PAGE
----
We humans are social creatures, highly gregarious and communicative. We are wired to be open to the world, so I am always shocked when I encounter intolerance, blatant displays of ignorance, or various other forms of hate. Life just seems too complicated as it is to add to the challenges with human pettiness. This is the frustration in which seventeen-year-old Shadi Nasreen navigates two years after the 9/11 attacks.  She is a Persian girl who detests the posturing of people trying to prove piety in the face of persecution and despises the bullying she must endure because she wears the face of the enemy. InRead More →

Where the Rhythm Takes You is Sarah Dass’ debut novel, and it joins the ranks of romance novels while being set in Tobago with scenes at Pigeon Point—the stuff postcards and dreams are made of. Through her protagonist Reyna, Dass shares her knowledge of Caribbean culture, cuisine, geography, and music as she explores the loss of a parent and the fear of following one’s dreams. A gifted painter, Reyna has grown up surrounded by nature’s constant growing, dying, and changing while immersed in the family business of owning and operating a seaside resort hotel, the Plumeria.  Her mummy is a perfectionist and a taskmaster, butRead More →

Since I had recently watched an episode of Dr. Phil in which an individual was being treated for the condition which forms the underlying conflict in Remedy by Eireann Corrigan, I guessed the mysterious illness early on. Because Corrigan’s protagonist, Cara Jean Wakely couldn’t exactly articulate her current ailment and stated that she and her mother Shaylene moved around a lot, those details tipped me off. However, the reader doesn’t learn the secret until much later when Cara’s friend Xavier Barnes (aka Science Kid) plants the idea in her brain. Xavier, who lectures and sometimes drones and laughs at his own jokes, loves gathering dataRead More →

Too overcome by grief to write or even to think about college, Noreen Mirza runs. Running helps her forget since any memory of her Aunt Sonia—who adored Islamic art and architecture—is replaced by the demand for breathing. Running takes her out of her head and provides a respite from the grief. So, when her mother gets offered an assignment in Delhi, India, the two Mirza girls pack up and escape. Noreen justifies this gap year as a tribute to her beloved Sonia Khala who never got to make the trip she always talked about and who would be excited if she knew where Noreen wasRead More →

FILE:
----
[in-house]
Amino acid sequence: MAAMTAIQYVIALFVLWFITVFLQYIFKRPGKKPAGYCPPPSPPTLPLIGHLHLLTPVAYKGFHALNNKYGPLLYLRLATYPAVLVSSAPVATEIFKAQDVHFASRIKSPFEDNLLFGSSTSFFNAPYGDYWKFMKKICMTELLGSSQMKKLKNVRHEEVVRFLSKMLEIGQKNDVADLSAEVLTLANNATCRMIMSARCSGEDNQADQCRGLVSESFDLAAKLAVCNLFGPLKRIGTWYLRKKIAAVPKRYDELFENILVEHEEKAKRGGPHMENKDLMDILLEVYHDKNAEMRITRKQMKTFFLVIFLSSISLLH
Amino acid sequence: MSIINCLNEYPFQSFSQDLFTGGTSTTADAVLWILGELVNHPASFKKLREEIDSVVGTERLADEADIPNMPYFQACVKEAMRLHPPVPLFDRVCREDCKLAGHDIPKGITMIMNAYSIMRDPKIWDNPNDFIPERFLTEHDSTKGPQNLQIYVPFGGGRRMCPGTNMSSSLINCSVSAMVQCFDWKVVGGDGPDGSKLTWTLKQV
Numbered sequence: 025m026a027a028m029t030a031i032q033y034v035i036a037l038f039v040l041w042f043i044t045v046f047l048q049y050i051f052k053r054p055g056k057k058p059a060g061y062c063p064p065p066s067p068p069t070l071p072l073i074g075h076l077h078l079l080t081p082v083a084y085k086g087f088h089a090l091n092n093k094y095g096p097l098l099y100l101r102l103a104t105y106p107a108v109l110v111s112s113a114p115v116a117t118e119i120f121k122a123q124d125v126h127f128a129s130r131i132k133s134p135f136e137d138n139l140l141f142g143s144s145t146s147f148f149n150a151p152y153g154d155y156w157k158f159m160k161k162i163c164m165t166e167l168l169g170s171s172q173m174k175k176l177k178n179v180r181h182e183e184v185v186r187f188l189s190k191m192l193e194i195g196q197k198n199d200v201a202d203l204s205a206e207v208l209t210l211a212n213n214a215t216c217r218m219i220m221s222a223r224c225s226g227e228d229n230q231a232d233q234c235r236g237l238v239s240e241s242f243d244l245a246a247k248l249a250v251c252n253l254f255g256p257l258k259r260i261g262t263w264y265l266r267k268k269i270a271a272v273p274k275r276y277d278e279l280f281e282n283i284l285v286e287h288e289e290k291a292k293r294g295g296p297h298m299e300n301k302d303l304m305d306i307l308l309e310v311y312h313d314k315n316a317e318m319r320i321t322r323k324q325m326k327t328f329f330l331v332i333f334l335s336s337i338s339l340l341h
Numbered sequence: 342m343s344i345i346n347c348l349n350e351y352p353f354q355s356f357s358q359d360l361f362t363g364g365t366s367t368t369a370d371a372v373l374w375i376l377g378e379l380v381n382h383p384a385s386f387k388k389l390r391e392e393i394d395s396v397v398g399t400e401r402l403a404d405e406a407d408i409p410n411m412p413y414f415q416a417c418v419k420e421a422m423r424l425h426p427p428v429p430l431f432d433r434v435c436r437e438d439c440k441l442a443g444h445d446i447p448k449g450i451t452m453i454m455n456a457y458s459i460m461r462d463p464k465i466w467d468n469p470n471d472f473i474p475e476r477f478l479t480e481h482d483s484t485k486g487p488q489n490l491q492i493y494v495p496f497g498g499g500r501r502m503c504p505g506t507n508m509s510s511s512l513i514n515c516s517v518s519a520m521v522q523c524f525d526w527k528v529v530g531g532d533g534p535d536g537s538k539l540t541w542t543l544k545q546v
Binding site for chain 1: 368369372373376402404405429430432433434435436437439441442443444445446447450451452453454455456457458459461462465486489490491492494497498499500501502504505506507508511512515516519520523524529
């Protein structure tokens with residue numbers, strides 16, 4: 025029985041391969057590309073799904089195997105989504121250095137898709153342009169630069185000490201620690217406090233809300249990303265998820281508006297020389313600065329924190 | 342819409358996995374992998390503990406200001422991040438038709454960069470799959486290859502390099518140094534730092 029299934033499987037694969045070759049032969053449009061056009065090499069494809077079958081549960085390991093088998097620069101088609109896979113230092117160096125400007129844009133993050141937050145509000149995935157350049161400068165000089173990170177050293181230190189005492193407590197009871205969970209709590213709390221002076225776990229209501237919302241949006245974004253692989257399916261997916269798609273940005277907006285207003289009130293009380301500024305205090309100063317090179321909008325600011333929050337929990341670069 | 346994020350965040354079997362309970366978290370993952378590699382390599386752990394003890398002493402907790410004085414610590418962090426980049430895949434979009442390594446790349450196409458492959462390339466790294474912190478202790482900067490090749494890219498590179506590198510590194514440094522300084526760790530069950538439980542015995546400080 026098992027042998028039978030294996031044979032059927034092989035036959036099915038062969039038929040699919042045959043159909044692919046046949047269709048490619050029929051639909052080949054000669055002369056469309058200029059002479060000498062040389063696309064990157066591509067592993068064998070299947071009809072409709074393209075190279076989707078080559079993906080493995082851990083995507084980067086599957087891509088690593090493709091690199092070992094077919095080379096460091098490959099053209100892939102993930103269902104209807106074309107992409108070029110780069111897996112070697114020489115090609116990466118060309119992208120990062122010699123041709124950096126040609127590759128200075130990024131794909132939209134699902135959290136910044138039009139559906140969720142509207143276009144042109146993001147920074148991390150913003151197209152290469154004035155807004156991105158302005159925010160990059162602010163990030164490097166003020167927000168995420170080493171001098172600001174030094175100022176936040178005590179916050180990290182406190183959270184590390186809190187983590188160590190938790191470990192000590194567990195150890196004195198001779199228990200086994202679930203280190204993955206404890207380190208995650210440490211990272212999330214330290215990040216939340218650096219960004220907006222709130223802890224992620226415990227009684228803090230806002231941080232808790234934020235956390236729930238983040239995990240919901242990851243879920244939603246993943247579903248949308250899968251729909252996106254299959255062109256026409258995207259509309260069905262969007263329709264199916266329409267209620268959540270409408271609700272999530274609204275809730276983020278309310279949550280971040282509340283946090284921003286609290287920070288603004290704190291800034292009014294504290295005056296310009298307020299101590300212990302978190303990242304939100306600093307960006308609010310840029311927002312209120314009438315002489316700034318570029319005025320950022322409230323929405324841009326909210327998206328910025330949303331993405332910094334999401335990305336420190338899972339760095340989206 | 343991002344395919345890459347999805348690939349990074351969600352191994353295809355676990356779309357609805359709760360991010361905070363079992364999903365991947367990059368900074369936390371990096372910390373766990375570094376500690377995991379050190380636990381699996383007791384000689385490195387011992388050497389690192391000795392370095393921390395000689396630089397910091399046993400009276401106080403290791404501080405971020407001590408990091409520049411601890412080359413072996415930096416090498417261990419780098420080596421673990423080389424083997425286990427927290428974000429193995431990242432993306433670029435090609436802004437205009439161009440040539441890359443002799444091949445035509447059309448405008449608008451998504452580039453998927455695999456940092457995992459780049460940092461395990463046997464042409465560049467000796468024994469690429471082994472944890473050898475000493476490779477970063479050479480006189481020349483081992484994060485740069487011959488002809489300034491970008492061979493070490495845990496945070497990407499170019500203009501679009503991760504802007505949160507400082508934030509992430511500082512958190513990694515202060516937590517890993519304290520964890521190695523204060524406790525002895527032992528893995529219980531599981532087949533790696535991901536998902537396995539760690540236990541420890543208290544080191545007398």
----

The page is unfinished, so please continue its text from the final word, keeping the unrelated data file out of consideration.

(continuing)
Readers of Zara Hossain Is Here accompany driven, intelligent, community-minded social justice advocate, Zara Hossain on her mission to bring awareness to the sacrifices and struggles that immigrants face in the United States. In response, I vacillated between tears, anger at the injustice that brown, non-gender conforming individuals endure, and the occasional sense that some generalizing was taking place under the influence of Sabina Khan’s pen. Without wanting to minimize the challenges faced on a daily basis by someone who experiences otherness, I—a white, heterosexual, cisgender female—couldn’t help but say, “I don’t belong to that hate group, and I am always appalled that people’s coreRead More →

When “quiet, nerdy Ada Bloom finally has a verifiable love interest” (2), several people are surprised—including Ada. After five months, dating affable, athletic Leo Robinson, who is captain of the swim team, the two teens decide their relationship has reached the threshold of “the next step.” After Leo pops the question, Ada realizes she is not ready, and her relationship unravels from there. Cynthia Hand spends the rest of her novel With You All the Way exploring what makes someone believe he or she is ready for sex. She also addresses various motivations for the sexual act: curiosity, revenge, being sixteen, doing something risky andRead More →

The plot of Pamela N. Harris’s debut novel When You Look Like Us revolves around the life of sixteen-year-old Jay Murphy, his sister Nicole (Nic), and his grandmother Marie Murphy (MiMi). MiMi’s hands are “badges of honor, proof of hard work” (56), and Jay looks forward to the day when she can rest them. He vows that “MiMi is going to retire in Florida, or wherever else she wants to” (17) once he builds her nest egg as repayment for her sacrifices. The family lives in Newport News, Virginia, in a housing project called the Ducts. Despite what other people might think, Jay is livingRead More →

Fifteen Reasons to Love the Novel, Love in English It’s dedicated to “everyone who has ever strained to find the [right] words” to accurately express their thoughts and feelings. Maria E. Andreu writes with authenticity from the immigrant experience and perspective, but she also writes to those of us who feel “foreign” or who sense a feeling of other—“some nameless thing [we] can feel but not fix” (13). Many of the chapters close with idiomatically clever poems as the protagonist, Ana, plays with language. These not only capture her confusion but convey her learning. The novel is peppered with Spanish, as well as hashtags (####)Read More →

Angie Thomas’ prequel to The Hate U Give is a good read.  Concrete Rose, which tells the story of Maverick Carter, is no fairy tale. However, it is deeply moving.  It reveals a young man who is full of potential despite the harsh world around him. Even though Garden Heights, the neighborhood in which Maverick grows up, is inundated by gangs, drugs, violence, and poverty—his mother, Faye, does her best to give her son a positive upbringing. Still, he confronts death, the challenges of teenage parenting, and multiple temptations head on. Thomas doesn’t sugarcoat the difficulties that Maverick faces, and the reader gets to experienceRead More →